This led to increased pressures on the two creators (and the team which they formed to help them), including a prolonged period (about a year) of artist's block in Laird. The "incredible growth and complexity of the business" that sprang up around their instantly-successful Turtles properties, led to Laird:
- "suddenly discover[ing] to my horror that I no longer enjoyed drawing. It was a real shock, because if I ever had anything that I could rely on... it was that I loved to draw.
Laird and Eastman's creations went on to become a popular cultural phenomenon, forcing both of them to take regular sabbaticals from the comic to deal with the day to day pressures of running what became a multimedia franchise. Eastman eventually sold his share of the franchise to Laird (and the Mirage Group) on June 1, 2000, except for a small continuing income participation. On March 1, 2008, Laird and Mirage bought out the remaining rights and interest of Eastman, and the two went their completely separate ways.
Laird believes that the reasoning was simply that Eastman "was just tired of it. He wanted to move on and has other things to spend more time on.
On October 19, 2009, Laird sold the franchise to Viacom/Nickelodeon, but still retains the rights to do up 18 black-and-white TMNT comics per year.
Although ostensibly over-seeing the animated Turtles projects through Mirage, Laird had minimal hands-on involvement in the development of the original animated series, and even less with the Next Mutation series. However, he took a more active role in the next - TMNT - animated venture, acting as "a consultant, and... working with the guy I consider the head writer, Lloyd Goldfine. In this role, he says "[f]rom the get-go I've been looking at everything, from day one. Story premises, outlines, the full scripts and the sketching and designing of characters and settings. I've been doing a little drawing myself. Lots of suggestions. I've seen a few of the episodes, and it's neat to see a lot of the stuff I've worked on. While final preparations were underway, he relaunched the official comics canon of the franchise with "Volume Four" (the third published by Mirage Studios), with artwork supplied by fellow TMNT writer, friend, and Rat King creator Jim Lawson. When the new series proved a success, Laird relaunched Tales of the TMNT to accompany the fourth volume.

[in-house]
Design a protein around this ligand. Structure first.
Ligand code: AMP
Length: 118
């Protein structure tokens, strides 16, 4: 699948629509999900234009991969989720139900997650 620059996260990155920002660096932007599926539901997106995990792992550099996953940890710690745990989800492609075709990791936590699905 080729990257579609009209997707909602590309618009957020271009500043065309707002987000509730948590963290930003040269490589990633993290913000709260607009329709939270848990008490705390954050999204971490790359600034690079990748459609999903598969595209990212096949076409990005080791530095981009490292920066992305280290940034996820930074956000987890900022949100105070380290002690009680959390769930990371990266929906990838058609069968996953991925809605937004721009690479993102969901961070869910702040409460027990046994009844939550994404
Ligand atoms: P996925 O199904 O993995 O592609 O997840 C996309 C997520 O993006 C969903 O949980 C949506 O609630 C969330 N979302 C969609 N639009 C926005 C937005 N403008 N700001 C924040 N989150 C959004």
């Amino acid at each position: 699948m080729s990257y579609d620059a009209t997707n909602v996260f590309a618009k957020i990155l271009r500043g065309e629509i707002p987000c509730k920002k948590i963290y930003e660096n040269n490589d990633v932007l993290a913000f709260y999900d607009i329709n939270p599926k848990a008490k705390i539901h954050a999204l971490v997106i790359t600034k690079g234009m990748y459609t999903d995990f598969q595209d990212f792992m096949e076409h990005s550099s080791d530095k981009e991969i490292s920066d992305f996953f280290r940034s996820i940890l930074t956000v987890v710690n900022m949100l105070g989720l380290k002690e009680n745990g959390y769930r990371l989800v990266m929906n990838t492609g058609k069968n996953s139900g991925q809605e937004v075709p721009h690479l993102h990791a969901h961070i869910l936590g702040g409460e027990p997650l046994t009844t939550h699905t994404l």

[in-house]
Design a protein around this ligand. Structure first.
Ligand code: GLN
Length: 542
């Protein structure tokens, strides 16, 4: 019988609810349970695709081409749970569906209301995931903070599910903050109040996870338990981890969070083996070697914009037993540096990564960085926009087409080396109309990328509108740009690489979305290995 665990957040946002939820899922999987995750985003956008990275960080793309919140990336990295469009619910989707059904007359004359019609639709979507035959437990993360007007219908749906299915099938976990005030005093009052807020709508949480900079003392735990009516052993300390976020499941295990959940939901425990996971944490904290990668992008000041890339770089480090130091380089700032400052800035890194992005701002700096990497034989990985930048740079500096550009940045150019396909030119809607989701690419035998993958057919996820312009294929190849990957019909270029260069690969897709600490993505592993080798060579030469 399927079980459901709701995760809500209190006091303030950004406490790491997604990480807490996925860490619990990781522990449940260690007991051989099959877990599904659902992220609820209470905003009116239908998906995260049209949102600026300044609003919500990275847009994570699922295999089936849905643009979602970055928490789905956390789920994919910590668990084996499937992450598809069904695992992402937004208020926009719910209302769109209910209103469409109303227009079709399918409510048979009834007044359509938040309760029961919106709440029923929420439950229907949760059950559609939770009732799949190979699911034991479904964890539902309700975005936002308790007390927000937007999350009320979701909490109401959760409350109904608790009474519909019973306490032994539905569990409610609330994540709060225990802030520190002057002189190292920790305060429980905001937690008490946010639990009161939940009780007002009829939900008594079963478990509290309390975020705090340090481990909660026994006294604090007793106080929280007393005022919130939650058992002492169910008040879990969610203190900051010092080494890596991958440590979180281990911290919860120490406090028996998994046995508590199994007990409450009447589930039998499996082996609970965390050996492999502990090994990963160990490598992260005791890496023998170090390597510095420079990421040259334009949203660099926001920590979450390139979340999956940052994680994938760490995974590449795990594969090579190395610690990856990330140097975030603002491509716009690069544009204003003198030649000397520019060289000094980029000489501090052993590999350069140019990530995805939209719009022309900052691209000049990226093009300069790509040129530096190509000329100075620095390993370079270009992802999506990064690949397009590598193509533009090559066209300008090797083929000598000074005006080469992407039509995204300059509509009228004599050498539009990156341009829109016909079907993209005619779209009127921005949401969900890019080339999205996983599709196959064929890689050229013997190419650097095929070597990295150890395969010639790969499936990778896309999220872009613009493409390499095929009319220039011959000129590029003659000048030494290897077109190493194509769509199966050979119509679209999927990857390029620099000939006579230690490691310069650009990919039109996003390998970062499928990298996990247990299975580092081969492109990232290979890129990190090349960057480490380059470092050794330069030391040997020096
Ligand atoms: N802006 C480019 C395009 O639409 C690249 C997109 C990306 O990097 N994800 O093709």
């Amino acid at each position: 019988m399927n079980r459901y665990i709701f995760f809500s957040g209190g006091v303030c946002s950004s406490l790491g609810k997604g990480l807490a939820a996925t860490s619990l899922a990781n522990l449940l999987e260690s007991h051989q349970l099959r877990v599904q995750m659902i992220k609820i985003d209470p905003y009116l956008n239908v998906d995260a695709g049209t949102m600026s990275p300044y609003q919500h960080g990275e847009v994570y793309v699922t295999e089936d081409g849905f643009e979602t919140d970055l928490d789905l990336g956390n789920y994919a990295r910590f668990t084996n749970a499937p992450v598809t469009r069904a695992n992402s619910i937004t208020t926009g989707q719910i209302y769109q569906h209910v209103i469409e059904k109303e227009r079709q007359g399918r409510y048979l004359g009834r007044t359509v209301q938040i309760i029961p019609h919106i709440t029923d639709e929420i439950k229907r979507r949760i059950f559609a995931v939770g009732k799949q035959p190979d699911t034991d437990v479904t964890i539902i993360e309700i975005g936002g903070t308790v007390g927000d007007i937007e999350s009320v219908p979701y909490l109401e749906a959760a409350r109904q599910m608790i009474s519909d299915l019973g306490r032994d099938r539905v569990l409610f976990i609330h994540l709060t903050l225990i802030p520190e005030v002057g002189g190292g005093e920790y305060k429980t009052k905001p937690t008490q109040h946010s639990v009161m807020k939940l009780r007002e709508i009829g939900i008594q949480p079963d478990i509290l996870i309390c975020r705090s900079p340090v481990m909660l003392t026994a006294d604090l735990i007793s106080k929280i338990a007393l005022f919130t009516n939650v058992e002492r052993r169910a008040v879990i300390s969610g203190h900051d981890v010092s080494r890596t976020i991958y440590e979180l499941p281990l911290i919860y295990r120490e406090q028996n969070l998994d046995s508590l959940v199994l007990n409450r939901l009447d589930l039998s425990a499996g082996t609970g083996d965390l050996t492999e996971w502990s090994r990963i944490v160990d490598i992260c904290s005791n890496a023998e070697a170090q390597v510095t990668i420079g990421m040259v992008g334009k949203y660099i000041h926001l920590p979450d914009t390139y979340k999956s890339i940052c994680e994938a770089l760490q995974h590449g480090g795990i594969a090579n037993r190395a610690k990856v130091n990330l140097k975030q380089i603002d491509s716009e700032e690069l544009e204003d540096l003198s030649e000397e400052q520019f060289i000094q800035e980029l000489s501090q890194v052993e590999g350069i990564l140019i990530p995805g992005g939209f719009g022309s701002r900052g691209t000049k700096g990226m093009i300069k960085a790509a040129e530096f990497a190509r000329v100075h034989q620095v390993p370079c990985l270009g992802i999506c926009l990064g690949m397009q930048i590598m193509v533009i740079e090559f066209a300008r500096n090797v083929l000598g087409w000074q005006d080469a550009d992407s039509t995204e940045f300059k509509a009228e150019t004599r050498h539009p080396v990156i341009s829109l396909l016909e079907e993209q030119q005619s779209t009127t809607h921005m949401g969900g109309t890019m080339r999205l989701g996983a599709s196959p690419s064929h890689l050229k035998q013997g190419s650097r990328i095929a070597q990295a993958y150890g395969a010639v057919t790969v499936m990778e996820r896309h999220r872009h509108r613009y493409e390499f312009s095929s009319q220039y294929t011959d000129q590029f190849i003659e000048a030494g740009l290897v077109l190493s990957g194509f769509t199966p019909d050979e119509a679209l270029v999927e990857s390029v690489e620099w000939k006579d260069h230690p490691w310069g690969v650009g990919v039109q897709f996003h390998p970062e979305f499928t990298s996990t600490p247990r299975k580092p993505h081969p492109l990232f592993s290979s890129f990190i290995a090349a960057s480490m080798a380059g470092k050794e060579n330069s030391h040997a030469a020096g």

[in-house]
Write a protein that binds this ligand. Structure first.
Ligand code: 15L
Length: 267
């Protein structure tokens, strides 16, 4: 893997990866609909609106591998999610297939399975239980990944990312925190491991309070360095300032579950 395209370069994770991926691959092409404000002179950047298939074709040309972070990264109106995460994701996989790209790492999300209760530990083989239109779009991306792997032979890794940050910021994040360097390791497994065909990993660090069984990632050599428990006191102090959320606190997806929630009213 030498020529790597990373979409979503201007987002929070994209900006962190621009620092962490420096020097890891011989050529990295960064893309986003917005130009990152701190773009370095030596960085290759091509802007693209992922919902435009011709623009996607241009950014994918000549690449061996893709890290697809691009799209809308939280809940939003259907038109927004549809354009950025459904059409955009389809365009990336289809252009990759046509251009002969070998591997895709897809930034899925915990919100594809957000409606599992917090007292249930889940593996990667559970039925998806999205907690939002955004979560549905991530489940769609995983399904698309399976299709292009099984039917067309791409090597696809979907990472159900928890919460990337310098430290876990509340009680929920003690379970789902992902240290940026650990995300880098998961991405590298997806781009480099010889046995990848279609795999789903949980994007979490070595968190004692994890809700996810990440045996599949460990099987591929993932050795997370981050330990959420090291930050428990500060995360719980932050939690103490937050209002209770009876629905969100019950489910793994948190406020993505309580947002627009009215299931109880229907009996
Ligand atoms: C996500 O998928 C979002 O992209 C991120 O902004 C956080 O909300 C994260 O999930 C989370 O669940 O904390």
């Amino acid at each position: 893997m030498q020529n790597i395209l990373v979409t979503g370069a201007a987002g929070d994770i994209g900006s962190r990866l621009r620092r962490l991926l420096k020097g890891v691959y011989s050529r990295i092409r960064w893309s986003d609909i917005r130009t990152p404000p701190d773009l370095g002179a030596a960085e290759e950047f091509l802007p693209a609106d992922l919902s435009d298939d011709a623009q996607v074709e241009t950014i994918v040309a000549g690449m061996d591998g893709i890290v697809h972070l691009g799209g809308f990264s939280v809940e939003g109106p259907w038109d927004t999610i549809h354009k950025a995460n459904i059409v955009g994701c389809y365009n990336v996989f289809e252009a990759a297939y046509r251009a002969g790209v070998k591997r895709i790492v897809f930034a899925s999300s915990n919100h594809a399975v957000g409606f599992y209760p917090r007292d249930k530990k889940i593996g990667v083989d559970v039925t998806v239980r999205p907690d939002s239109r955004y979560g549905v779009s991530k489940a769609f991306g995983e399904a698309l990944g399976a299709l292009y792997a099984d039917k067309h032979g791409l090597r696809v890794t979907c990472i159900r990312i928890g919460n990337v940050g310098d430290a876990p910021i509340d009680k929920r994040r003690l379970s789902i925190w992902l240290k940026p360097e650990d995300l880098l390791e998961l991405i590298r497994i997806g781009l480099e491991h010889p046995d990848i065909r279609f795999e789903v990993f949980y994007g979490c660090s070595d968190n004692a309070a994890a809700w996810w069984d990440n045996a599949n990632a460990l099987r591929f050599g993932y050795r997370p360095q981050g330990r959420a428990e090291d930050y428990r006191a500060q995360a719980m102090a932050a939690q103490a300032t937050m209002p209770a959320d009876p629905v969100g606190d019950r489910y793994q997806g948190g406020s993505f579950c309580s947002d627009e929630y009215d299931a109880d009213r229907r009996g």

Following a successful deal to revive the Turtles theatrically, Laird put Volume Four on hold to develop the new movie; he has yet to return to the comic, leaving several plot lines unresolved. Tales of the TMNT was thought to go on hiatus in 2008, and the franchise's future beyond its on-screen presence was uncertain, but staff confirmed that this was not the case. It was confirmed on Steve Murphy's blog that Peter Laird was intending to return to Volume 4 and that the title would return, distributed digitally by Mirage.